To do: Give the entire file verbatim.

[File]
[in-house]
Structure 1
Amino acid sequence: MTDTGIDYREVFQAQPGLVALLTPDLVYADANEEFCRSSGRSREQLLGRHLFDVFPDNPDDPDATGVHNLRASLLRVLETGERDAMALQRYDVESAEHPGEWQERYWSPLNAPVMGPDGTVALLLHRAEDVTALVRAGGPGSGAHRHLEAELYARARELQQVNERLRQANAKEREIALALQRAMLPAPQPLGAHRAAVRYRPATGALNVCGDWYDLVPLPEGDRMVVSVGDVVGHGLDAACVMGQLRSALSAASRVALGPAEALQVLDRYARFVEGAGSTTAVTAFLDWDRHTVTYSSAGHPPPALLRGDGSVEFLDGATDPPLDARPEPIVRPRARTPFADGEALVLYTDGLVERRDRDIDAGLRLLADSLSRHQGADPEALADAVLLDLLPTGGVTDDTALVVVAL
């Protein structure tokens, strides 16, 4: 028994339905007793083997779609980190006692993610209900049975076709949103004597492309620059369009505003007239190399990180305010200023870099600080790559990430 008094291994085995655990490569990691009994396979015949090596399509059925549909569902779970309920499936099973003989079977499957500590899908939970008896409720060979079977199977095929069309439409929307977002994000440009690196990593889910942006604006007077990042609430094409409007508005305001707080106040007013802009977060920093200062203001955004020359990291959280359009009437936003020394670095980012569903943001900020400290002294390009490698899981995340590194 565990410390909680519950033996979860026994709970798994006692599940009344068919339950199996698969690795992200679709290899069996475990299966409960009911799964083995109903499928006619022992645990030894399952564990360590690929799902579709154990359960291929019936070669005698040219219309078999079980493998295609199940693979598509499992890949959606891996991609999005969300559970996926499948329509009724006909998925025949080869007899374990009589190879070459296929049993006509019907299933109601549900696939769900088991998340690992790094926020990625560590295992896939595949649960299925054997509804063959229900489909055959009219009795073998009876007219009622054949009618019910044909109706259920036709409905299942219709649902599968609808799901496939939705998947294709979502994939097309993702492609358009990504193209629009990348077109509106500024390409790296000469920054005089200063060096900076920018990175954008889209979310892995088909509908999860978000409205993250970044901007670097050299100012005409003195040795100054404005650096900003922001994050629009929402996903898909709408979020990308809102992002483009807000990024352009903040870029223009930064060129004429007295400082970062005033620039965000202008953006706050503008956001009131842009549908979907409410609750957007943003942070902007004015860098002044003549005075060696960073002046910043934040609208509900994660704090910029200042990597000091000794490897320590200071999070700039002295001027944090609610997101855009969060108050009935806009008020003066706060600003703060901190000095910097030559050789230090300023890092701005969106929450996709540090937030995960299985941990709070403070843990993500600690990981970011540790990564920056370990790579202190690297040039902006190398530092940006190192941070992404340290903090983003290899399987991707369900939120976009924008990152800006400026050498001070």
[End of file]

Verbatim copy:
[in-house]
Structure 1
Amino acid sequence: MTDTGIDYREVFQAQPGLVALLTPDLVYADANEEFCRSSGRSREQLLGRHLFDVFPDNPDDPDATGVHNLRASLLRVLETGERDAMALQRYDVESAEHPGEWQERYWSPLNAPVMGPDGTVALLLHRAEDVTALVRAGGPGSGAHRHLEAELYARARELQQVNERLRQANAKEREIALALQRAMLPAPQPLGAHRAAVRYRPATGALNVCGDWYDLVPLPEGDRMVVSVGDVVGHGLDAACVMGQLRSALSAASRVALGPAEALQVLDRYARFVEGAGSTTAVTAFLDWDRHTVTYSSAGHPPPALLRGDGSVEFLDGATDPPLDARPEPIVRPRARTPFADGEALVLYTDGLVERRDRDIDAGLRLLADSLSRHQGADPEALADAVLLDLLPTGGVTDDTALVVVAL
């Protein structure tokens, strides 16, 4: 028994339905007793083997779609980190006692993610209900049975076709949103004597492309620059369009505003007239190399990180305010200023870099600080790559990430 008094291994085995655990490569990691009994396979015949090596399509059925549909569902779970309920499936099973003989079977499957500590899908939970008896409720060979079977199977095929069309439409929307977002994000440009690196990593889910942006604006007077990042609430094409409007508005305001707080106040007013802009977060920093200062203001955004020359990291959280359009009437936003020394670095980012569903943001900020400290002294390009490698899981995340590194 565990410390909680519950033996979860026994709970798994006692599940009344068919339950199996698969690795992200679709290899069996475990299966409960009911799964083995109903499928006619022992645990030894399952564990360590690929799902579709154990359960291929019936070669005698040219219309078999079980493998295609199940693979598509499992890949959606891996991609999005969300559970996926499948329509009724006909998925025949080869007899374990009589190879070459296929049993006509019907299933109601549900696939769900088991998340690992790094926020990625560590295992896939595949649960299925054997509804063959229900489909055959009219009795073998009876007219009622054949009618019910044909109706259920036709409905299942219709649902599968609808799901496939939705998947294709979502994939097309993702492609358009990504193209629009990348077109509106500024390409790296000469920054005089200063060096900076920018990175954008889209979310892995088909509908999860978000409205993250970044901007670097050299100012005409003195040795100054404005650096900003922001994050629009929402996903898909709408979020990308809102992002483009807000990024352009903040870029223009930064060129004429007295400082970062005033620039965000202008953006706050503008956001009131842009549908979907409410609750957007943003942070902007004015860098002044003549005075060696960073002046910043934040609208509900994660704090910029200042990597000091000794490897320590200071999070700039002295001027944090609610997101855009969060108050009935806009008020003066706060600003703060901190000095910097030559050789230090300023890092701005969106929450996709540090937030995960299985941990709070403070843990993500600690990981970011540790990564920056370990790579202190690297040039902006190398530092940006190192941070992404340290903090983003290899399987991707369900939120976009924008990152800006400026050498001070």